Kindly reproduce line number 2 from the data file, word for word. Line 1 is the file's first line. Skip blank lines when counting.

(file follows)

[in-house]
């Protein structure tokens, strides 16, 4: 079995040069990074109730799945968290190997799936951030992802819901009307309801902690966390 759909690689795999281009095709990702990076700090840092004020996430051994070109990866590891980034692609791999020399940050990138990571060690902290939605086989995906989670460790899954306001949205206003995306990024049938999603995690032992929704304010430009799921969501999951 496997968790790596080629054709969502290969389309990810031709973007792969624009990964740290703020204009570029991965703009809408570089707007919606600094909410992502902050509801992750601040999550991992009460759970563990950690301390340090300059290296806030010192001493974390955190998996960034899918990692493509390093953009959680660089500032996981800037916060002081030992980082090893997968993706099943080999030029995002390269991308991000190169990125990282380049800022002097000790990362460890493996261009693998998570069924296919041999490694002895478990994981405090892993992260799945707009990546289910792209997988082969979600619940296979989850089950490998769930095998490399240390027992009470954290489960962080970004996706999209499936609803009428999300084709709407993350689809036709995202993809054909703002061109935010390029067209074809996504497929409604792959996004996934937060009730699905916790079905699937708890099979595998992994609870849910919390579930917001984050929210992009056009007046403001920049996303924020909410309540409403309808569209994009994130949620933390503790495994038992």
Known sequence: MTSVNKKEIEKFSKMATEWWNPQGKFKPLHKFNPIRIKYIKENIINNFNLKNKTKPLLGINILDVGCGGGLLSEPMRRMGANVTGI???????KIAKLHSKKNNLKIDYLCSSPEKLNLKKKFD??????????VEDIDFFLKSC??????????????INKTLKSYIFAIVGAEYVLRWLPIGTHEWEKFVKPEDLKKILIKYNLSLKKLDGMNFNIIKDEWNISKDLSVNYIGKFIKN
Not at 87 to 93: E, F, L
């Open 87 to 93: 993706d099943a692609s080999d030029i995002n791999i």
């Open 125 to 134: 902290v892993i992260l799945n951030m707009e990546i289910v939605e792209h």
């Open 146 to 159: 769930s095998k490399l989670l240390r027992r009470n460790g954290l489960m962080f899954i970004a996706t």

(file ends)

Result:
């Protein structure tokens, strides 16, 4: 079995040069990074109730799945968290190997799936951030992802819901009307309801902690966390 759909690689795999281009095709990702990076700090840092004020996430051994070109990866590891980034692609791999020399940050990138990571060690902290939605086989995906989670460790899954306001949205206003995306990024049938999603995690032992929704304010430009799921969501999951 496997968790790596080629054709969502290969389309990810031709973007792969624009990964740290703020204009570029991965703009809408570089707007919606600094909410992502902050509801992750601040999550991992009460759970563990950690301390340090300059290296806030010192001493974390955190998996960034899918990692493509390093953009959680660089500032996981800037916060002081030992980082090893997968993706099943080999030029995002390269991308991000190169990125990282380049800022002097000790990362460890493996261009693998998570069924296919041999490694002895478990994981405090892993992260799945707009990546289910792209997988082969979600619940296979989850089950490998769930095998490399240390027992009470954290489960962080970004996706999209499936609803009428999300084709709407993350689809036709995202993809054909703002061109935010390029067209074809996504497929409604792959996004996934937060009730699905916790079905699937708890099979595998992994609870849910919390579930917001984050929210992009056009007046403001920049996303924020909410309540409403309808569209994009994130949620933390503790495994038992």